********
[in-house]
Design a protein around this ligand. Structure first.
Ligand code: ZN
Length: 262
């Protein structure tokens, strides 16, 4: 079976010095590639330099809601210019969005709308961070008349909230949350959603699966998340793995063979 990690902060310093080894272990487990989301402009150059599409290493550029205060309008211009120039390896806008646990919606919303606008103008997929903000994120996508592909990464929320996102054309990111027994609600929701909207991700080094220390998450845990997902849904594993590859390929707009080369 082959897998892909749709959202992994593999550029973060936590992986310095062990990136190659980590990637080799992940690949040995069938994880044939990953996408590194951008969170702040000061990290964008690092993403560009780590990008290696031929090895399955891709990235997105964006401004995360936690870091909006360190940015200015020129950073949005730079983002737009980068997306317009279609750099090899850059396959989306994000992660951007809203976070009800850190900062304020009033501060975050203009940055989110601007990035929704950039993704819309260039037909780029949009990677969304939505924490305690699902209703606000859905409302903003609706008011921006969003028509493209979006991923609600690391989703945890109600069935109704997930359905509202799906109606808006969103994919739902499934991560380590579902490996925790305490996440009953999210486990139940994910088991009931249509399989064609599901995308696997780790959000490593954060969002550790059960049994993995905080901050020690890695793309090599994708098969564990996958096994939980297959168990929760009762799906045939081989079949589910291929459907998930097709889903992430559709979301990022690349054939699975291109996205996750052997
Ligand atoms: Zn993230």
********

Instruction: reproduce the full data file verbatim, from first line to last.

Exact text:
[in-house]
Design a protein around this ligand. Structure first.
Ligand code: ZN
Length: 262
């Protein structure tokens, strides 16, 4: 079976010095590639330099809601210019969005709308961070008349909230949350959603699966998340793995063979 990690902060310093080894272990487990989301402009150059599409290493550029205060309008211009120039390896806008646990919606919303606008103008997929903000994120996508592909990464929320996102054309990111027994609600929701909207991700080094220390998450845990997902849904594993590859390929707009080369 082959897998892909749709959202992994593999550029973060936590992986310095062990990136190659980590990637080799992940690949040995069938994880044939990953996408590194951008969170702040000061990290964008690092993403560009780590990008290696031929090895399955891709990235997105964006401004995360936690870091909006360190940015200015020129950073949005730079983002737009980068997306317009279609750099090899850059396959989306994000992660951007809203976070009800850190900062304020009033501060975050203009940055989110601007990035929704950039993704819309260039037909780029949009990677969304939505924490305690699902209703606000859905409302903003609706008011921006969003028509493209979006991923609600690391989703945890109600069935109704997930359905509202799906109606808006969103994919739902499934991560380590579902490996925790305490996440009953999210486990139940994910088991009931249509399989064609599901995308696997780790959000490593954060969002550790059960049994993995905080901050020690890695793309090599994708098969564990996958096994939980297959168990929760009762799906045939081989079949589910291929459907998930097709889903992430559709979301990022690349054939699975291109996205996750052997
Ligand atoms: Zn993230």